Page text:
To the average consumer, there's not much difference between something they buy on the Amazon site that comes from Amazon versus something that someone else is selling there, said John Haber, CEO of Spend Management, a supply chain consulting firm in Atlanta that works with many online retailers.
“The stuff comes in an Amazon branded box,” Haber said.
But to Wall Street, they're different, which is how the measure of how big Amazon looms in the average buyer’s world could be significantly underestimated.
Wait, how big?
Amazon doesn't release is it gross merchandize volume, or GMV, a measurement of total sales dollar value for merchandise sold through the site. Instead it talks about the ways its sellers are creating jobs and investing in their local communities.
"In 2015, more than 70,000 entrepreneurs achieved over $100,000 in sales selling on Amazon," said Erik Fairleigh, an Amazon spokesman.
Without GMV, estimates of how much of the U.S. online retail market Amazon touches comes from its annual sales, made up of what Amazon made selling its own goods plus how much Amazon made selling other people’s goods, the third party vendors.
Their number has been growing. The commissions those vendors pay Amazon can vary between 5% to 30% but many experts give 10% as a reasonable average guess.
If just 10% of that value appears in Amazon’s revenue stream, the rest would not. That remainder, 90% of everything Amazon sells, represents the value of the third-party goods sold.
“For a $100 lamp, Amazon gets $10 and the seller who used Amazon gets $90. But it’s still $100 going through Amazon as the sales point,” said Razorfish's Goldberg.
Josh Olson, an analyst with Edward Jones, estimates Amazon's involvement in all U.S. online sales at 31.3%. “If you look at what they’re actually touching in terms of merchandize. It’s really significant,” he said.
Using e-commerce sales data ChannelAdvisor collects to inform his estimate, Wingo goes as high as 36%.
"When you 'unpack' the $63.7 billion revenue, that has transactional value (what Wall St. calls Gross Merchandise Value) of $135 billion ($56 billion direct from Amazon and $79 billion from third party sellers) which is 36% of overall commerce," he said.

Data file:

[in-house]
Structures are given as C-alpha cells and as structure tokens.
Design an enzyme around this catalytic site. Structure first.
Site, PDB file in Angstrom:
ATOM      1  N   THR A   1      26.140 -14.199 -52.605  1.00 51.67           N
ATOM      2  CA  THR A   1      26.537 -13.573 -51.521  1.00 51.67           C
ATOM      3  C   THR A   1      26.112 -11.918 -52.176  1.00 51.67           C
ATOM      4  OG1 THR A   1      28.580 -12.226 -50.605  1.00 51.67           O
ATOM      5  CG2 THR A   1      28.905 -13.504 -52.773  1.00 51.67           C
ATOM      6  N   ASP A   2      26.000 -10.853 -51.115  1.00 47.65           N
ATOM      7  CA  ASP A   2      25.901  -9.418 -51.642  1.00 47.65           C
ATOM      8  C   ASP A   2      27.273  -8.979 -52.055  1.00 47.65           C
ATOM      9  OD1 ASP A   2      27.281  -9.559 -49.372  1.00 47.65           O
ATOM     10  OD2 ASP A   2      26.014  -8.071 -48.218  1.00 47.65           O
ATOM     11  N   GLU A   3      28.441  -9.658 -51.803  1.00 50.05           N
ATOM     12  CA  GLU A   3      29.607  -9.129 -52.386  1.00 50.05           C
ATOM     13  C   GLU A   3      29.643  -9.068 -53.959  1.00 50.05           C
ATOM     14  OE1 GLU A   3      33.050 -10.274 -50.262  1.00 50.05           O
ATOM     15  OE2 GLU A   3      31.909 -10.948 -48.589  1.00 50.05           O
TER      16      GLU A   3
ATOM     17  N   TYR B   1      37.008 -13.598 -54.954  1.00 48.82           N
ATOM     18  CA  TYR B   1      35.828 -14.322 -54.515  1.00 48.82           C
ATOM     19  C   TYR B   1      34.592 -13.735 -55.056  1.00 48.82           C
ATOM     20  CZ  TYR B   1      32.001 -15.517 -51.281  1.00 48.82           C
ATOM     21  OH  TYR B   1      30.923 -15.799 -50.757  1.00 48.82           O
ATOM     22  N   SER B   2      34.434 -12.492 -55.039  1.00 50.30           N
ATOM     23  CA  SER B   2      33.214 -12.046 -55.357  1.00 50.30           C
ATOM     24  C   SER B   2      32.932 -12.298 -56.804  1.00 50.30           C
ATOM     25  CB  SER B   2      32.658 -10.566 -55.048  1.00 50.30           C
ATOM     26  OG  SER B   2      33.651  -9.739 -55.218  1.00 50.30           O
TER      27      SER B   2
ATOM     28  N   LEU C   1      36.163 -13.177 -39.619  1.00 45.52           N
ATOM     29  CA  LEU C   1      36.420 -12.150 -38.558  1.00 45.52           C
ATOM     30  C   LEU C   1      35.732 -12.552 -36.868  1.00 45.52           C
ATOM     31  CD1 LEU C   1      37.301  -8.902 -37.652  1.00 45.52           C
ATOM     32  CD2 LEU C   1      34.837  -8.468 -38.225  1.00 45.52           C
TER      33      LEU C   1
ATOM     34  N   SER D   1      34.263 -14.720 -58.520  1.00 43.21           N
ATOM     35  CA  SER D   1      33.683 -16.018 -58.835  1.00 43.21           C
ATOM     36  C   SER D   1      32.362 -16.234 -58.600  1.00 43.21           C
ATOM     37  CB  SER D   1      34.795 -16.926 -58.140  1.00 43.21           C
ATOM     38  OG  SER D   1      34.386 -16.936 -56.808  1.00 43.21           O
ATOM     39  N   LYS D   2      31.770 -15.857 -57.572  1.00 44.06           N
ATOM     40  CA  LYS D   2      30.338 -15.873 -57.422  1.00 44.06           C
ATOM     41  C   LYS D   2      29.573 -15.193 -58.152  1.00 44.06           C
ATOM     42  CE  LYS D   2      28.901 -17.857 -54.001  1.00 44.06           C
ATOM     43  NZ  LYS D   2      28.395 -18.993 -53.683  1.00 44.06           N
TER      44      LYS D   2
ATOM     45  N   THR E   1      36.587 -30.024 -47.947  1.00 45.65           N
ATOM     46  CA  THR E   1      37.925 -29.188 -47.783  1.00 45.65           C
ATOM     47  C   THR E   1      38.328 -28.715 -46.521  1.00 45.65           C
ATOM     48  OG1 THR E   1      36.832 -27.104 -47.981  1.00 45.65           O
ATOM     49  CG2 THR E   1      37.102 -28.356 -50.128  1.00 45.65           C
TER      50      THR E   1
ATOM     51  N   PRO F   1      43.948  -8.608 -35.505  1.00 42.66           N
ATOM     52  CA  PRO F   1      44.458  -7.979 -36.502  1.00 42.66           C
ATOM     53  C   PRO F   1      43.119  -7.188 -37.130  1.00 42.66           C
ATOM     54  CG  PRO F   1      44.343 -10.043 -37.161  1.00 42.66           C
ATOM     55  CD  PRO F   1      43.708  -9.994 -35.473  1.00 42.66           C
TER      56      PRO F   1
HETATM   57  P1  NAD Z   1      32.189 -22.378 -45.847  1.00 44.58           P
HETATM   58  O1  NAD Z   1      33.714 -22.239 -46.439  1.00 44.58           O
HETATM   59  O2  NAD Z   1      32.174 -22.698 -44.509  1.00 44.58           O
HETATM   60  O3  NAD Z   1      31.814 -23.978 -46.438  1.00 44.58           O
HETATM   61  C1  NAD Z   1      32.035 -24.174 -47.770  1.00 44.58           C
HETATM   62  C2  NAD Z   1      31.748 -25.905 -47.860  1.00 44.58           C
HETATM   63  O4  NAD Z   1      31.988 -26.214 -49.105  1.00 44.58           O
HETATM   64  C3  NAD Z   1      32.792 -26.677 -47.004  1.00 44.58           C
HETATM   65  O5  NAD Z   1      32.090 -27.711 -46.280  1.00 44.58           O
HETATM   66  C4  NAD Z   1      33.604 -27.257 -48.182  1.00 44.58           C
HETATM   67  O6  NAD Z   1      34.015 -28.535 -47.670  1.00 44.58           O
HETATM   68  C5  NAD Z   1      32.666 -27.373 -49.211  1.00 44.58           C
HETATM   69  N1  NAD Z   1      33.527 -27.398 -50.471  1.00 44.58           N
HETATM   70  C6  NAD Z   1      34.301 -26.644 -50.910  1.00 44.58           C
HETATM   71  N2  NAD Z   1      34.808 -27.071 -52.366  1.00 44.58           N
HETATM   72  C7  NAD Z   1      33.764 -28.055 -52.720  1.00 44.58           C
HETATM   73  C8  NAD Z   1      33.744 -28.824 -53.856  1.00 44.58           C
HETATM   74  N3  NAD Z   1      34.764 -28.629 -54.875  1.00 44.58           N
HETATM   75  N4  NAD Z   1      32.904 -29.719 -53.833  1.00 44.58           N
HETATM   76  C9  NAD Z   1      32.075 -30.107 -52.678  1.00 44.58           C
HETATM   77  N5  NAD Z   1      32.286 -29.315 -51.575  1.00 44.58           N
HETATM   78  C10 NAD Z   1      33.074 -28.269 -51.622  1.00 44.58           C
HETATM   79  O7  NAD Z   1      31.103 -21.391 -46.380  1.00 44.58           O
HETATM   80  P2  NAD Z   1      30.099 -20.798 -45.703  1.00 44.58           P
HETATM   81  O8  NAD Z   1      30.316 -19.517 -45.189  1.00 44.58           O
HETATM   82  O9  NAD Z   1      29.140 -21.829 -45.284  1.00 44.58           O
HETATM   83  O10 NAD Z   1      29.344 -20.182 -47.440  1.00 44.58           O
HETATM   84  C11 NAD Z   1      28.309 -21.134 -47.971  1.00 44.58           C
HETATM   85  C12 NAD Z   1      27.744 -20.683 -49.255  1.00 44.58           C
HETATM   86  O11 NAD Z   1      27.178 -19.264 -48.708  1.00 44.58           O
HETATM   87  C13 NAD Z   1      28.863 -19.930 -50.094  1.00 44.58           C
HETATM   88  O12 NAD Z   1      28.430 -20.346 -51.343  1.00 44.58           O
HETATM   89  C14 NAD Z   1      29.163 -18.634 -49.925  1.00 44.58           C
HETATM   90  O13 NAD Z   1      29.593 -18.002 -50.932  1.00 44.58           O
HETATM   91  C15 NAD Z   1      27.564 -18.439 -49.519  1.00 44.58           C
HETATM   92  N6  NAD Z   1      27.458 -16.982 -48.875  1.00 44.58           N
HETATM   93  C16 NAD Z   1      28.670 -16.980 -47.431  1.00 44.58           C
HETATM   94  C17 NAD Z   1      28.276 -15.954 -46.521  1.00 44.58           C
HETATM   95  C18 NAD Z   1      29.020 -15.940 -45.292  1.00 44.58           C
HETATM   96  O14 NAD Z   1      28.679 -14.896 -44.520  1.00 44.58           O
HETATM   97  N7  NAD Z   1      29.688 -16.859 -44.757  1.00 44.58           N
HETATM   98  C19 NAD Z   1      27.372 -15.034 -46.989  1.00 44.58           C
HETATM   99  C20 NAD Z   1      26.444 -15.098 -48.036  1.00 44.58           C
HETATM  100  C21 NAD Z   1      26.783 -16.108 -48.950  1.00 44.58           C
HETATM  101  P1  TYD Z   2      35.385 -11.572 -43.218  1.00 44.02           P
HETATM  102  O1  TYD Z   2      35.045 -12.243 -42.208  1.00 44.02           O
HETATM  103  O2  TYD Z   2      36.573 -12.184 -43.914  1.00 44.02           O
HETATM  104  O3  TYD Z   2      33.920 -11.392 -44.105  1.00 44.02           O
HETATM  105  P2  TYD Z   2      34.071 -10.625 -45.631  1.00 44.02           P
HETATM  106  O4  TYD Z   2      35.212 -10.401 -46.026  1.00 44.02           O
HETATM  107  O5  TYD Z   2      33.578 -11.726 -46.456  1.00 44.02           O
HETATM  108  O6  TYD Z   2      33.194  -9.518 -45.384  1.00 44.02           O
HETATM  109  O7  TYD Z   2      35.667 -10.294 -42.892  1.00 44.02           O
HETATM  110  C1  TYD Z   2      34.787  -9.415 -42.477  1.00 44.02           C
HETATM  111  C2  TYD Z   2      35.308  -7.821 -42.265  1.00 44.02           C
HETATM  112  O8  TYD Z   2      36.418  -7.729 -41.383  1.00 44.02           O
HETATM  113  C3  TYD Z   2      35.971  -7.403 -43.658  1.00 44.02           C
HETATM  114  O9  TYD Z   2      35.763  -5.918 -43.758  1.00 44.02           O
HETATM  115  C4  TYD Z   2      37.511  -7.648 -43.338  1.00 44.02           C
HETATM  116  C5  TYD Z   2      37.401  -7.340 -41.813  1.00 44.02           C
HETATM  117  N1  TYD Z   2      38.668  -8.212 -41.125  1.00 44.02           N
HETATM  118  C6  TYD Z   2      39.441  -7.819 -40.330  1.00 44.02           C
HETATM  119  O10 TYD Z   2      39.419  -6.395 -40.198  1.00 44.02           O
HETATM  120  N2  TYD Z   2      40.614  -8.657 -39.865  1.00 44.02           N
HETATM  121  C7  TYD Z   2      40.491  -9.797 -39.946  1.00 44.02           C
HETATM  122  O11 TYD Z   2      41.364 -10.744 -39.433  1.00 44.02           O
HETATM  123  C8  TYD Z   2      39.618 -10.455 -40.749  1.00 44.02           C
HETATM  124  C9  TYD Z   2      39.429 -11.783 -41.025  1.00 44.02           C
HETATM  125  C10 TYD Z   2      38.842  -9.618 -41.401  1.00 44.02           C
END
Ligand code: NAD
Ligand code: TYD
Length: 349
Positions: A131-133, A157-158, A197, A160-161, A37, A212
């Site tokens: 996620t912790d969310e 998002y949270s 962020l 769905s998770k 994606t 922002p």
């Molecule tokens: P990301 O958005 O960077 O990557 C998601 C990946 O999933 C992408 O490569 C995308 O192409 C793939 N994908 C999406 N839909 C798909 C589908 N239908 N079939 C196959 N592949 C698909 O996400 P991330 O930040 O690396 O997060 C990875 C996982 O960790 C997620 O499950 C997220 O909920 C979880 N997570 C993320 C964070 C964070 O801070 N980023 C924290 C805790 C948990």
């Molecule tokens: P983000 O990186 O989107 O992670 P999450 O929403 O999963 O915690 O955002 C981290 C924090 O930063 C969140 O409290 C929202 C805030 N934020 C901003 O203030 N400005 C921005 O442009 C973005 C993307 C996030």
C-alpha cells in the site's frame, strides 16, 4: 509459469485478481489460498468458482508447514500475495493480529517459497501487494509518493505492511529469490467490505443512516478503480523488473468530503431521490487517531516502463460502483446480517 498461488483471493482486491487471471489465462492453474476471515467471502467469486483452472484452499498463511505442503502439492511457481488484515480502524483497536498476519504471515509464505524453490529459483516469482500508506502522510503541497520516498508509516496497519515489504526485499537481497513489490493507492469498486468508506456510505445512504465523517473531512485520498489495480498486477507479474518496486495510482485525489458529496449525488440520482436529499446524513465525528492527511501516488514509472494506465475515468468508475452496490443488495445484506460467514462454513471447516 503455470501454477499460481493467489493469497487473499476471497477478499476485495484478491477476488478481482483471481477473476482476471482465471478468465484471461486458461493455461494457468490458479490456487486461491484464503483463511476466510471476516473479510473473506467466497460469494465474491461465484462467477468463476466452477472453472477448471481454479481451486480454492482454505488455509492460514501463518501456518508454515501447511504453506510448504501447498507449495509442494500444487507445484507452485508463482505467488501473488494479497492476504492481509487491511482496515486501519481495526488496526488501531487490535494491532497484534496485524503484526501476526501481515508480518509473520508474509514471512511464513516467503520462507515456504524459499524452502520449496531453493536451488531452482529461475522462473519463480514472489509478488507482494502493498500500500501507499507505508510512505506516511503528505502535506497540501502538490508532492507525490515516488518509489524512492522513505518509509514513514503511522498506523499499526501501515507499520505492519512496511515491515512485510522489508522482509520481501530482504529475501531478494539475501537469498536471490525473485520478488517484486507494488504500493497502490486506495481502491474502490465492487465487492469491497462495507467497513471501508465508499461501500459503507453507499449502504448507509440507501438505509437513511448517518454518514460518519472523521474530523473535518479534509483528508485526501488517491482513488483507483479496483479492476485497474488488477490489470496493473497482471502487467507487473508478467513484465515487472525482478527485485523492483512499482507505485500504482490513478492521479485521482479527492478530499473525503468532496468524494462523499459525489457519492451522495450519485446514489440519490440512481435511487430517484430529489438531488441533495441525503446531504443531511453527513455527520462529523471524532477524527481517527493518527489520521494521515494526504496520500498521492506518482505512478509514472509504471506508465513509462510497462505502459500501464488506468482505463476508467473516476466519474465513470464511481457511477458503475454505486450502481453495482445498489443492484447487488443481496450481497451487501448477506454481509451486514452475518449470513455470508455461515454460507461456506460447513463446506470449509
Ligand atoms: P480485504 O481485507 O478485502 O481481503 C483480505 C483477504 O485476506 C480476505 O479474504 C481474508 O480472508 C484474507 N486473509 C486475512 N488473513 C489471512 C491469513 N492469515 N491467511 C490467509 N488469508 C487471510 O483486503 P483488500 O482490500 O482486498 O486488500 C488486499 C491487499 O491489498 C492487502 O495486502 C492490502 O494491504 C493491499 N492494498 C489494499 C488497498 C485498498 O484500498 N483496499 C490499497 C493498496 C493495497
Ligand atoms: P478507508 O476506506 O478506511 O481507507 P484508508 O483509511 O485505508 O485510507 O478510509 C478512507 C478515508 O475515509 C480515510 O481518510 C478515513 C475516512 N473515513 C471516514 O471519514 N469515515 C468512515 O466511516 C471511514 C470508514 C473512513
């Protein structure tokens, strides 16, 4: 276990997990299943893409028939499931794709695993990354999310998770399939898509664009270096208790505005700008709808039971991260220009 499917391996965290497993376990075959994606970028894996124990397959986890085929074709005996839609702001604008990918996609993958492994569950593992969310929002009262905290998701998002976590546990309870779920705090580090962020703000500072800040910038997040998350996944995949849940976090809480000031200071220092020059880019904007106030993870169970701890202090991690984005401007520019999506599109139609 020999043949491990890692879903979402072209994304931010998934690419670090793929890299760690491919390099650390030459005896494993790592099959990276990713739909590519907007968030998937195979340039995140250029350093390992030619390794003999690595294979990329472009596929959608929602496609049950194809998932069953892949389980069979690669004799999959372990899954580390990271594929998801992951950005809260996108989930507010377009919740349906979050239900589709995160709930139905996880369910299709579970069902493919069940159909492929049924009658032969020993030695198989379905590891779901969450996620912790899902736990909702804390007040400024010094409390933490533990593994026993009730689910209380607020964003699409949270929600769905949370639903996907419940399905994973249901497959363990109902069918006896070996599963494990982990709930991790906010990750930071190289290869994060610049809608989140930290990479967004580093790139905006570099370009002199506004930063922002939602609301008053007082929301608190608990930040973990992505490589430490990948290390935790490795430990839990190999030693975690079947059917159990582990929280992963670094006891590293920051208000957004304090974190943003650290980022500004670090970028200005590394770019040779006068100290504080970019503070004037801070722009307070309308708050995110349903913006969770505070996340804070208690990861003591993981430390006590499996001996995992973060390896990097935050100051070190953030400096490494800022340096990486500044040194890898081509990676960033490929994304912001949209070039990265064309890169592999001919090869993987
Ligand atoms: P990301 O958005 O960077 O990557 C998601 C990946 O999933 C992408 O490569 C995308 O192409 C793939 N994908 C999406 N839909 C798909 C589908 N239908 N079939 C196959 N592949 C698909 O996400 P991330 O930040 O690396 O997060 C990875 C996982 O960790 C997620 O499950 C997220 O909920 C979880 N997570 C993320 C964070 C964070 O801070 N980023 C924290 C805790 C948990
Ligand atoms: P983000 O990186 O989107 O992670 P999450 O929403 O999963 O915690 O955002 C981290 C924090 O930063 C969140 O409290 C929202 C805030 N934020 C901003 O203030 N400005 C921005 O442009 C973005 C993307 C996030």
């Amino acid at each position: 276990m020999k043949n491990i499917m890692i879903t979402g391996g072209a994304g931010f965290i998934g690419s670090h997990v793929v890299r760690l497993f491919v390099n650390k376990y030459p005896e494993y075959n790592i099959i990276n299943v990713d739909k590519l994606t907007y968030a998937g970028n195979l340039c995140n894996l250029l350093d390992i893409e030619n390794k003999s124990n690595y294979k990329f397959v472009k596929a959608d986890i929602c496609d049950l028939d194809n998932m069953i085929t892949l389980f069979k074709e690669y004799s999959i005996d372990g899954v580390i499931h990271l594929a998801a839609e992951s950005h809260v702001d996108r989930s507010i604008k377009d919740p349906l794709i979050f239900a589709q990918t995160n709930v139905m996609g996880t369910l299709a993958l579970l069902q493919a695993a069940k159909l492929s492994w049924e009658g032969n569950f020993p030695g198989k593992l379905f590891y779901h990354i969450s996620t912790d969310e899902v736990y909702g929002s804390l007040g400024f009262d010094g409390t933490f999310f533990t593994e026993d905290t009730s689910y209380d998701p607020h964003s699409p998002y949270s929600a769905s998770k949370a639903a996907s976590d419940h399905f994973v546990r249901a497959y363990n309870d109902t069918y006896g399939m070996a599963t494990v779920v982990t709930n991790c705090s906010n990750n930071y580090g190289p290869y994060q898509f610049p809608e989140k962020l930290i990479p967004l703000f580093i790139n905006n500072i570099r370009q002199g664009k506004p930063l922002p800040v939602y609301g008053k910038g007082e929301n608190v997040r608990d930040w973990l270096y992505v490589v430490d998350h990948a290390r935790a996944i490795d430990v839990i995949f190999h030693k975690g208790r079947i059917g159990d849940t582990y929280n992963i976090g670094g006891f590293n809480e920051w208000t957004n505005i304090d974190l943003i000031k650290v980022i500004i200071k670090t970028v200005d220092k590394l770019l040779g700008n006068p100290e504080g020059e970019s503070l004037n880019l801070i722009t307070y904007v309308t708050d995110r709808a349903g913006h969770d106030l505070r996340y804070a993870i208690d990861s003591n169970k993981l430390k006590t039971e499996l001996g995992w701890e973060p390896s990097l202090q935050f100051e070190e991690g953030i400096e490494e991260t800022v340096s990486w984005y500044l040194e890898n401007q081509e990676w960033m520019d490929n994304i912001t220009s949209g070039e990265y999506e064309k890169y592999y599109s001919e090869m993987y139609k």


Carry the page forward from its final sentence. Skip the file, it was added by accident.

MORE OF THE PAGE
All these estimates involve some guesswork. Moody's O’Shea thinks Amazon is bigger than its financials make it appear but doesn’t think it’s possible to accurately gauge exactly how much bigger.
“I don’t think there’s reliable data out there,” he said,
Spend Management's Haber thinks 25% could be a tad low, but without Amazon releasing specific GMV figures, “we can’t really tell. Without the numbers you cannot truly ascertain their exact share of consumers’ wallets,” he said.
More retail waves
Just as Big Box stories killed off mom-and-pop operations, Amazon could kill off Big Boxes, some speculate.
“Think of Office Max and Staples. Those stores all thrived because they had a bigger assortment than the customer was used to. But today they can buy 300 kinds of stapler on Amazon. So those big boxes that used to win on assortment can’t win on assortment anymore,” Razerfish's Goldberg said.
Piper Jaffray estimates 44% of the U.S. population now lives within 20 miles of an Amazon fulfillment center.
This online dominance could in turn mean the end of malls, which are increasingly dependent on having big box stores as anchors. And as the Amazon effect becomes more prevalent, the same thing could hit strip malls, gradually working its way down to ever smaller stores.
The potential effect on the American retail landscape, Goldberg said, could be “remarkable.”